micah holmquist's irregular thoughts and links

Welcome to the musings and notes of a Cadillac, Michigan based writer named Micah Holmquist, who is bothered by his own sarcasm.

Please send him email at micahth@chartermi.net.

Holmquist's full archives are listed here.

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Sites Holmquist trys, and often fails, to go no more than a couple of days without visiting (some of which Holmquist regularly swipes links from without attribution)

Aljazeera.Net English
AlterNet (War on Iraq)
Alternative Press Review
Always Low Prices -- Always
Another Irani online
antiwar.com (blog)
Asia Times Online
Axis of Logic
Baghdad Burning (riverbend)
BBC News
blogdex.net ("track this weblog")
The Christian Science Monitor (Daily Update)
Common Dreams
Daily Rotten
Democracy Now
The Drudge Report
Eat the Press (Harry Shearer, The Huffington Post)
Empire Notes (Rahul Mahajan)
frontpagemag.com (HorowitzWatch)
Guardian Unlimited
The Independent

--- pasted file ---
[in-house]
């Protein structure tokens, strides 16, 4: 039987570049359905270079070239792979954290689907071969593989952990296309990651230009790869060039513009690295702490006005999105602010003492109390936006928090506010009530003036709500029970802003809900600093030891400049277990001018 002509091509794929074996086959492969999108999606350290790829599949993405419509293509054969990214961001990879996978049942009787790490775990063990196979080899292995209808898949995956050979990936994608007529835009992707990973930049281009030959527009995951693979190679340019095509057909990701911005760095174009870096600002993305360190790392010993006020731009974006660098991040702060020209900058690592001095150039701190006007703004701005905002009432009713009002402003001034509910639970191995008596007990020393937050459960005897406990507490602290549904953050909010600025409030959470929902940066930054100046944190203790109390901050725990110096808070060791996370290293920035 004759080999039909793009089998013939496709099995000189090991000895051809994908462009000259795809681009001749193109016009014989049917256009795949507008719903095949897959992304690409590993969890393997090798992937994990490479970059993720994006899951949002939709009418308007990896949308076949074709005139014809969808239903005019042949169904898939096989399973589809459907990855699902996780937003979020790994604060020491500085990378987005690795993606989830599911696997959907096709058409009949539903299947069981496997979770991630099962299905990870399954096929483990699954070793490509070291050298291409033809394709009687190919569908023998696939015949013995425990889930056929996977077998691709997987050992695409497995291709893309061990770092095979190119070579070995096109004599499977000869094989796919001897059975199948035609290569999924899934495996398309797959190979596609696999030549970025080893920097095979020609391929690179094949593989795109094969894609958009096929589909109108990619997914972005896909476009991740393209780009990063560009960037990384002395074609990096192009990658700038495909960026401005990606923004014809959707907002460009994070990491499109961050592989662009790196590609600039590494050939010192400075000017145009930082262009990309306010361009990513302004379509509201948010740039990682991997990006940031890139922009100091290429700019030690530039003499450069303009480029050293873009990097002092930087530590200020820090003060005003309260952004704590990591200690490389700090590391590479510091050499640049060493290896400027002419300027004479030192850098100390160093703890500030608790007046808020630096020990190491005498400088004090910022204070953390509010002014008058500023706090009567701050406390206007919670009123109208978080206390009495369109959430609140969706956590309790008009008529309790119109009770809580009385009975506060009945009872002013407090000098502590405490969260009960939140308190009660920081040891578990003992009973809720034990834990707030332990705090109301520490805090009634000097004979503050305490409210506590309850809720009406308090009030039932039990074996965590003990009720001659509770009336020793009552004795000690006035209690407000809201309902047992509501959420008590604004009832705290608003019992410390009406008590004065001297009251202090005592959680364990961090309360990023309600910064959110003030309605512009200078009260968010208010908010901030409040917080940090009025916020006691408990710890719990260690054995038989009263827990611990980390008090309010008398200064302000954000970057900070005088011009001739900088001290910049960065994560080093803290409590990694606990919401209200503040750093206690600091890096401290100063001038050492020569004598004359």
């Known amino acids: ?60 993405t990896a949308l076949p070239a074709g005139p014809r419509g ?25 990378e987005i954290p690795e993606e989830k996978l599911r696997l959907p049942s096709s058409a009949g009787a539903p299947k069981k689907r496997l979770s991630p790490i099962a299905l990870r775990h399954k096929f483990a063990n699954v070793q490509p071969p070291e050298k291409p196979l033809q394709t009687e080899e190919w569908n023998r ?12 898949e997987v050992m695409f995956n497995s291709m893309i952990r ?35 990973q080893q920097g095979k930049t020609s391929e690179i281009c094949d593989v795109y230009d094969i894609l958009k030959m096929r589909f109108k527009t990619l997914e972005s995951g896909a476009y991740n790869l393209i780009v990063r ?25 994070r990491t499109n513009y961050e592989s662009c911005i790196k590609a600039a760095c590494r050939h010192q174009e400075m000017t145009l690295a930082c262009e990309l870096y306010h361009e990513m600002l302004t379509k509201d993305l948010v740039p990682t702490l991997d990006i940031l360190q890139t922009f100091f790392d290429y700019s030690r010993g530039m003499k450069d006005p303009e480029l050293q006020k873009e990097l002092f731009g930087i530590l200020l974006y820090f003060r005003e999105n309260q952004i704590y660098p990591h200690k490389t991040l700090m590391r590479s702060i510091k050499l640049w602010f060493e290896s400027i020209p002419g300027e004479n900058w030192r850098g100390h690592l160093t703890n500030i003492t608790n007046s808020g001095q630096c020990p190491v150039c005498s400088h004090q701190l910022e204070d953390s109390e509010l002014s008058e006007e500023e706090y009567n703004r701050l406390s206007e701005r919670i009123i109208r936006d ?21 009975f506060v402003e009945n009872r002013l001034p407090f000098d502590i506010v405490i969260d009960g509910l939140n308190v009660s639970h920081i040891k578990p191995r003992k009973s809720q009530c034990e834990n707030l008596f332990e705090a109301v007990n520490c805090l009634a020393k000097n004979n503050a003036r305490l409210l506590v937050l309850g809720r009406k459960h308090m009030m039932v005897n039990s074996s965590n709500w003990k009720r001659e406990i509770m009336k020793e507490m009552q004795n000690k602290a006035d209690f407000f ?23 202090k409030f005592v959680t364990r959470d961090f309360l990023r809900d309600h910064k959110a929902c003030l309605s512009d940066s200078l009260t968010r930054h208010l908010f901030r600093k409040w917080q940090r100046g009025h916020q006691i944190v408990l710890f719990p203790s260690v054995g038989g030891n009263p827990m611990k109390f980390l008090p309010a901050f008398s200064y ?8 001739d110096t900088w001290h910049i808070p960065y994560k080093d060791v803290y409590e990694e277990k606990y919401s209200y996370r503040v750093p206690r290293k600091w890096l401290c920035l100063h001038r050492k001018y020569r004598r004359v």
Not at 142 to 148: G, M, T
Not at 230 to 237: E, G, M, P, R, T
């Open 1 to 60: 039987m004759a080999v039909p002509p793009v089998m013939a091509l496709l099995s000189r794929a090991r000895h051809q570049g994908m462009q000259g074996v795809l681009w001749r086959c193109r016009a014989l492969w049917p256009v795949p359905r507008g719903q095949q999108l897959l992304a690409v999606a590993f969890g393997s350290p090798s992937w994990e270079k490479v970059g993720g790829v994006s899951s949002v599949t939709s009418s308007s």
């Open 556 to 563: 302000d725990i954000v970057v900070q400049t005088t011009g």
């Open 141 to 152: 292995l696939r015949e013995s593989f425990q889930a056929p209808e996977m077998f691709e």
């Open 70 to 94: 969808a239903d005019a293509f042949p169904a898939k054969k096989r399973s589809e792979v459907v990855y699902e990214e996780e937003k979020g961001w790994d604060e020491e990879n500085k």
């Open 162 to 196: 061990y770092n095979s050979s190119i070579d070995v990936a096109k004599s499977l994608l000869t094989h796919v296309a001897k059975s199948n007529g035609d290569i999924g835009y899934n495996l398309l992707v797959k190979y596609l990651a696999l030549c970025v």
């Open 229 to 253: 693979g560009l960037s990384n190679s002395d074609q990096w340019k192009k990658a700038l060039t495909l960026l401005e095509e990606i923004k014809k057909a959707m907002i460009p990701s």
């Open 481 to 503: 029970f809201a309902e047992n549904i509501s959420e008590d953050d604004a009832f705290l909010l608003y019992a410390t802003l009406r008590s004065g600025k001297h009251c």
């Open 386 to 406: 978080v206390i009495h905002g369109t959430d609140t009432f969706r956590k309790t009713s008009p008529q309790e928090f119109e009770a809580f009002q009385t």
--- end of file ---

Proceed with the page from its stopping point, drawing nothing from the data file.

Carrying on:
Information Clearing House
Informed Comment (Juan Cole)
Iranians for Peace

Iraq Dispatches (Dahr Jamail)
Iraqi Democrats Against Occupation
Iraq Occupation and Resistance Report (Psychoanalysts for Peace and Justice)
Mr. Show and Other Comedy
The Narco News Bulletin (blog)
The New York Times
Occupation Watch
Political Theory Daily Review
Press Action
Project Syndicate
Raed in the Middle (Raed Jarrar)
The Simpsons Archive
Simpsons Collector Sector
Technorati ("search for mth.blogspot.com")
United States Central Command
U.S. Embassy Baghdad, Iraq
War Report (Project on Defense Alternatives)
The Washington Post
Wildfire (Jo Wilding)
wood s lot
www.mnftiu.cc (David Rees)